I’m watching with interest a simmering cat fight that could boil over soon. Germany is looking at Google, closely, very closely and the German Federal Commissioner for data protection and freedom of information, Peter Schaar, is not happy with the search giant, saying that Google may been in breach of German privacy law.
Regular ThinkingShift readers know of my distaste for Google’s Street View service. After being pressed by the German Government to cough up information on the Wi-Fi data contained on the hard drives of Google’s Street View cars, Google posts (what sounds like) a transparent, open post.
The story goes like this: Google has allegedly been collecting private data on individuals by scanning for private wireless networks and recording the details whilst cruising streets with those ugly Google Street View vans. European officials were concerned about Google’s activities and demanded they reveal the type of data collected. Cornered, Google admitted that private data had been collected but oops, it was a programming error, and we didn’t mean to do it, sorry. But it seems that what Google was busy collecting was not just the names and addresses of private citizens but also information sent over the network such as emails and what websites were visited by those citizens.
Illegally tapping into private networks is against German law so Google is in hot water. Peter Schaar isn’t taking any of Google’s excuses lying down, saying:
‘‘So everything was a simple oversight, a software error! The data was collected and stored against the will of the project’s managers and other managers at Google. If we follow this logic further, this means: The software was installed and used without being properly tested beforehand. Billions of bits of data were mistakenly collected, without anyone in Google noticing it, including Google’s own internal data protection managers, who two weeks ago were defending to us the company’s internal data protection practices.’‘
If German data protection authorities had not demanded Google reveal what exactly was on the hard drives of Street View cars, then I wonder if Google would ever have admitted to “the software error”. Ah, I doubt it.
And German citizens are none too happy about Street View either, with many private home owners signing up to have their properties excluded from the spying Google eyes. I can assure Google that should they ever try to come down the driveway of our rural property in New Zealand, a huge cat fight will erupt. One poor woman in the UK has been captured by the cruising vans not once, not twice, but 43 times as she innocently strolls down a Suffolk street, walking the dog.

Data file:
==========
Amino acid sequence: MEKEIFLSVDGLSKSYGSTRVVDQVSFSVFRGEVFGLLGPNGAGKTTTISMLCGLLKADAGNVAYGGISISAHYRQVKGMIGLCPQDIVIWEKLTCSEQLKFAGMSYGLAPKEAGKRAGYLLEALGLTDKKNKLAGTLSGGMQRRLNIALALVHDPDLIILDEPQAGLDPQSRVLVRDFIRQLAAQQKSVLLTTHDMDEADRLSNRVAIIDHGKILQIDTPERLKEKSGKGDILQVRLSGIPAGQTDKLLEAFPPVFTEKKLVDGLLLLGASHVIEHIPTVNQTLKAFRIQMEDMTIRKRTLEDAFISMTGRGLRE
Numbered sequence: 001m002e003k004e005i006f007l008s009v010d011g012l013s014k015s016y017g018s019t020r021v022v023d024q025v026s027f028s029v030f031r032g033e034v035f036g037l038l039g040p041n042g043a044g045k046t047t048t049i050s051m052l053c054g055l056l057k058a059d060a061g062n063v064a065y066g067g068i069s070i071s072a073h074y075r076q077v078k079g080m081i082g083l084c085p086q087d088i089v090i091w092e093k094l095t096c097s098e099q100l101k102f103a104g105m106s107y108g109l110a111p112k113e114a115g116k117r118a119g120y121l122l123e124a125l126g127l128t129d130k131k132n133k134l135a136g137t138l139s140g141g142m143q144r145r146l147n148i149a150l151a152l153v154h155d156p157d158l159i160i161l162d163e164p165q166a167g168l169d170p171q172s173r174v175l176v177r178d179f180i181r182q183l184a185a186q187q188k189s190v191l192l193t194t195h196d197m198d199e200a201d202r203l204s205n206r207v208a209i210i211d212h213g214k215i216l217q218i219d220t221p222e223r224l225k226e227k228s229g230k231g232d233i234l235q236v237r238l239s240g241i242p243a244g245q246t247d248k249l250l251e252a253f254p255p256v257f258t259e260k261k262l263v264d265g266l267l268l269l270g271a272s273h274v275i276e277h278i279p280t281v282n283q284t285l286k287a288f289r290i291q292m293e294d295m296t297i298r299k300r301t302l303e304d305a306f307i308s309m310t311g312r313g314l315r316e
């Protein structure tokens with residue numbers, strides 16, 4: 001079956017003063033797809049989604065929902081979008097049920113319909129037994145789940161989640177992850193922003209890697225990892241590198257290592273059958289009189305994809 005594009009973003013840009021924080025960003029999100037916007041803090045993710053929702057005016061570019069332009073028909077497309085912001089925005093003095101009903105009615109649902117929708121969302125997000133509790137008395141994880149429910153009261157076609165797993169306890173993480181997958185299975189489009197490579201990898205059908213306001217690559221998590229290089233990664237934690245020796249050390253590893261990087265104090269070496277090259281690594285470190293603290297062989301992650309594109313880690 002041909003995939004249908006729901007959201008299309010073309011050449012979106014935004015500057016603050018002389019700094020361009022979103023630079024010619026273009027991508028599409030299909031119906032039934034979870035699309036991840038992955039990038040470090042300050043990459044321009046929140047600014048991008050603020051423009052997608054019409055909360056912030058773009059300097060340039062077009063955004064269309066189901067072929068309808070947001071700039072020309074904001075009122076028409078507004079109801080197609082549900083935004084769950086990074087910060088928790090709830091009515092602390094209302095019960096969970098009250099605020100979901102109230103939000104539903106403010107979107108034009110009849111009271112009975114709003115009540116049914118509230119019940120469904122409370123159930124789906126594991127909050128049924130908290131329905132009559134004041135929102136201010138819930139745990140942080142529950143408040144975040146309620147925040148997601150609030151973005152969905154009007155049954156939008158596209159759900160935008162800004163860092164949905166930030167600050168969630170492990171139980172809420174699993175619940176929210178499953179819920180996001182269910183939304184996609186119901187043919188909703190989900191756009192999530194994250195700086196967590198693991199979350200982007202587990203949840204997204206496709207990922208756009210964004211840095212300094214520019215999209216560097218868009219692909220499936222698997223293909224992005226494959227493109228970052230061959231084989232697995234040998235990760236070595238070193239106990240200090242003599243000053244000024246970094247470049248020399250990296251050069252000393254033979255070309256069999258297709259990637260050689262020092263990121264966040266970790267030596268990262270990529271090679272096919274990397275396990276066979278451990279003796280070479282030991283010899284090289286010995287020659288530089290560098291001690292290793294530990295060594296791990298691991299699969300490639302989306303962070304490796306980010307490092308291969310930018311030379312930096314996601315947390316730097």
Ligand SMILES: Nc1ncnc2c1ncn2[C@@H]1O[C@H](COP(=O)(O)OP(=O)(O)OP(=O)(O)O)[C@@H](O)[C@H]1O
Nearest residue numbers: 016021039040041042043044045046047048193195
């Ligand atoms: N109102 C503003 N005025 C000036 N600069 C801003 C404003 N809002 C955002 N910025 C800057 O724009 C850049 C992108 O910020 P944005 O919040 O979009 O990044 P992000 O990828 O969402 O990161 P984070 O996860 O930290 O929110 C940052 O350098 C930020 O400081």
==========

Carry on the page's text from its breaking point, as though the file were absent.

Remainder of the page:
Google: your credibility is evaporating dudes.
UPDATE: 18/05/2010 Google’s woes are going from bad to worse – the Australian Privacy Commissioner is also asking questions of Google since the internet behemoth admitted it had “inadvertently” been recording Wi-Fi data from unsecured wireless networks in over 30 countries. Electronic Frontiers Australia and the Australian Privacy Foundation have sent Google a “please explain” joint letter and are pressing Google to reveal what data its Street View cars and vans actually collect. Can’t wait to hear Google’s latest response: “oh, we’ve been collecting heaps of data about private citizens in over 30 countries for four years? Really? We had no idea: must be a programming error. We’ll get back to you”.
All this sounds like Facebook’s latest debacle over privacy issues – and what’s happening now with Facebook? People are leaving it in droves. I have a Facebook “presence”, basically a cartoon cat avatar and minimal information. I think I will now even de-activate this. Note: there is a difference between deleting stuff off Facebook and de-activating your account. It seems Facebook retain the data (eg photos, your connections blah blah) and can data mine it to death.
Mark May 31 in your diaries as “Quitting Facebook Day” – there’s a whole website devoted to quitting Facebook on that day. I plan to join the exodus.
UPDATE: May 26 2010 – Congressman Henry Waxman (D-CA), Joe Barton (R-TX) and Ed Marley (D-MA) have sent a letter to Google and asking for a reply by June 7. There are 12 juicy questions that Google is being grilled on. Read it here.
UPDATE: May 27 2010 Google is resisting all demands to hand over private internet data to Regulators (and snubs Hong Kong’s Privacy Commissioner whilst it’s at it). Mmmmmm…..if Google “accidentally, inadvertently, oops, we didn’t mean to” collect data, then why are they fighting so hard to deflect any attempts at getting them to handover the collected data?